Edith Eger

What Hope Isn’t

March 24, 2023

Photo by Alex Shute on Unsplash

“We never know what’s ahead. Hope isn’t the white paint we use to mask our suffering. It’s an investment in curiosity. A recognition that if we give up now, we’ll never get to see what happens next….

“To ask how hope is possible in the face of dire realities is to confuse hope with idealism. Idealism is when you expect that everything in life is going to be fair or good or easy. It’s a defense mechanism, just like denial or delusion.

“Honey, don’t cover garlic with chocolate. It doesn’t taste good. Likewise, there’s no freedom in denying reality, or trying to cloak it in something sweet. Hope isn’t a distraction from darkness. It’s a confrontation with darkness.”

— Edith Eger, The Gift: 12 Lessons to Save Your Life

Tough times

Getting Through Tough Times

March 17, 2023

Since I last posted on Catching Happiness, life has been so challenging it hasn’t seemed real. First, Carol’s condition took an abrupt downturn, and after a week of trying to stabilize her, and then a few days of round-the-clock care, she passed away Feb. 17. Still reeling from this, the next day I was on a plane to California to see my mom, who had been in a rehab facility with fractures in the vertebra in her back. By the time I got there, her condition had taken a turn for the worse and she’d been readmitted to the hospital. When I stopped at my aunt’s house to pick up the keys to my mom’s house, I learned from a note from my cousin that my aunt was in the hospital with fractures in her back as well (they are twins, but this is carrying the twin thing too far)!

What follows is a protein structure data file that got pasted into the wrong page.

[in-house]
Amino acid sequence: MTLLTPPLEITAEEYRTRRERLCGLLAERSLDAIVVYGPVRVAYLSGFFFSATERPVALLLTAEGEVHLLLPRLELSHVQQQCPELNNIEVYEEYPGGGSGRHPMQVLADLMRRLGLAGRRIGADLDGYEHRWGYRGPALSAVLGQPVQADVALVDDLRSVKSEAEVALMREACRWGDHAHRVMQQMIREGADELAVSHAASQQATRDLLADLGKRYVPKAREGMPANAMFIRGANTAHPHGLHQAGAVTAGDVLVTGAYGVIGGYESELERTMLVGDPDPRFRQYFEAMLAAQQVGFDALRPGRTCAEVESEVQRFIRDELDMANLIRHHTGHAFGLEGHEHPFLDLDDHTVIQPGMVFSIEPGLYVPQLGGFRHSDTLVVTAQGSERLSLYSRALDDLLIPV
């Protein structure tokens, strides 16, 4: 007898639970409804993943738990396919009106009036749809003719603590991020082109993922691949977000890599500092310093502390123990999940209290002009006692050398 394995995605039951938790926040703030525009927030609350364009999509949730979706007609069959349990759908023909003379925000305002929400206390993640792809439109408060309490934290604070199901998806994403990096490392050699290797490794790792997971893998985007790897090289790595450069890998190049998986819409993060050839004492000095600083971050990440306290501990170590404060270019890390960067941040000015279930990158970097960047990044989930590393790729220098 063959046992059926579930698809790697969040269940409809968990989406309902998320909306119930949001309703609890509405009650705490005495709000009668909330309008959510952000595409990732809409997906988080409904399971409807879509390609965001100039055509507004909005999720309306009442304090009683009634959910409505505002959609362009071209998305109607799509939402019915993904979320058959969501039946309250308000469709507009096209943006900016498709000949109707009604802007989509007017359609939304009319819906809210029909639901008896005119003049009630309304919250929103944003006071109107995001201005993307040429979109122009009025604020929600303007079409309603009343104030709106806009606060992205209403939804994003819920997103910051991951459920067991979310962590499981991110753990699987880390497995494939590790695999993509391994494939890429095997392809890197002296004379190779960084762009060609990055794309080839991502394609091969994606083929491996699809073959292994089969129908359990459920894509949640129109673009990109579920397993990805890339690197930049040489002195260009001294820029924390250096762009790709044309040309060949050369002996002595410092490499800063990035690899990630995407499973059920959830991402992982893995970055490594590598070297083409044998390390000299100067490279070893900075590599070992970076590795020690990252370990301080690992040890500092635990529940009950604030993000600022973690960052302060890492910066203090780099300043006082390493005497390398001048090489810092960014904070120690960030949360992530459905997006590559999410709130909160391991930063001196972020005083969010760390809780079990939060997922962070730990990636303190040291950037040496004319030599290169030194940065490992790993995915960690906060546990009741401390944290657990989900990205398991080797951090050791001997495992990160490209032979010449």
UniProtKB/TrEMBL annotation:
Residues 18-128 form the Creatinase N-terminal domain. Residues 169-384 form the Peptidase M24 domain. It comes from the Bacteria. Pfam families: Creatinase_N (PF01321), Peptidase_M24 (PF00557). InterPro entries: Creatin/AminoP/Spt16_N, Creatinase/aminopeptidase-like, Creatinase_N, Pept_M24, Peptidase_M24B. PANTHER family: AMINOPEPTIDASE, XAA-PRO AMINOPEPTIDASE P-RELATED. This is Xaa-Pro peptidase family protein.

And that was just the beginning.

I stayed in California for two weeks, partly to figure out what was going on with my mom and to help get her the care she needed, and partly because I caught COVID-19! That’s right, at a time when I needed to be with my 84-year-old mom in the hospital, I was sick and staying at her house by myself.

Practically everything that could go wrong, went wrong. While I was still sick, we had a big snowstorm (see photo above) and I needed to sign some documents to admit my mom into Hospice care. Since I was sick and I’ve never driven in snow, we needed to find a way to get the documents to me and back to Hospice without my leaving the house. My mom doesn’t have internet service, so I had been using my phone as a hotspot. On the day I needed to sign the documents, it didn’t work! I wound up using Starbucks’ internet from the parking lot since I was still supposed to be in isolation. Coming on top of the last intense weeks of Carol’s life, I felt pushed to the very edges of my ability to cope with all I had to deal with in California.

When the tough times seem to go on forever

For nearly a year, we’ve been living with uncertainty and curtailing of “normal” life. We felt unable to make certain plans and do certain activities while caring for Carol. Our world shrank. It’s been a year of digging deeper, finding strength we didn’t know we had, making mistakes and moving on from them, and trying to find happiness in an unhappy situation. I’ve been through difficult experiences before, but none that lasted so long and affected so many areas of my life.

I know I’m not the only one who is or has been going through tough times, of course. But since these experiences are fresh in my mind, I thought I’d share five tips that have helped me the most:

1. Take it one moment and one step at a time. Deal with the situation immediately in front of you. Do not think about what could happen. The “ifs” are what keep me up at night. How will I handle it if… What should we do if… I don’t know how I’ll cope if…

Just stop. None of those things has happened, or is happening at this moment. It’s been my experience that when something traumatic happens, you don’t have time to worry about what to do—you just have to do something.

If you have a legitimate huge mess to deal with, break that down into the smallest doable actions. Go slowly if you can. Let yourself fully take in the situation and solutions may present themselves.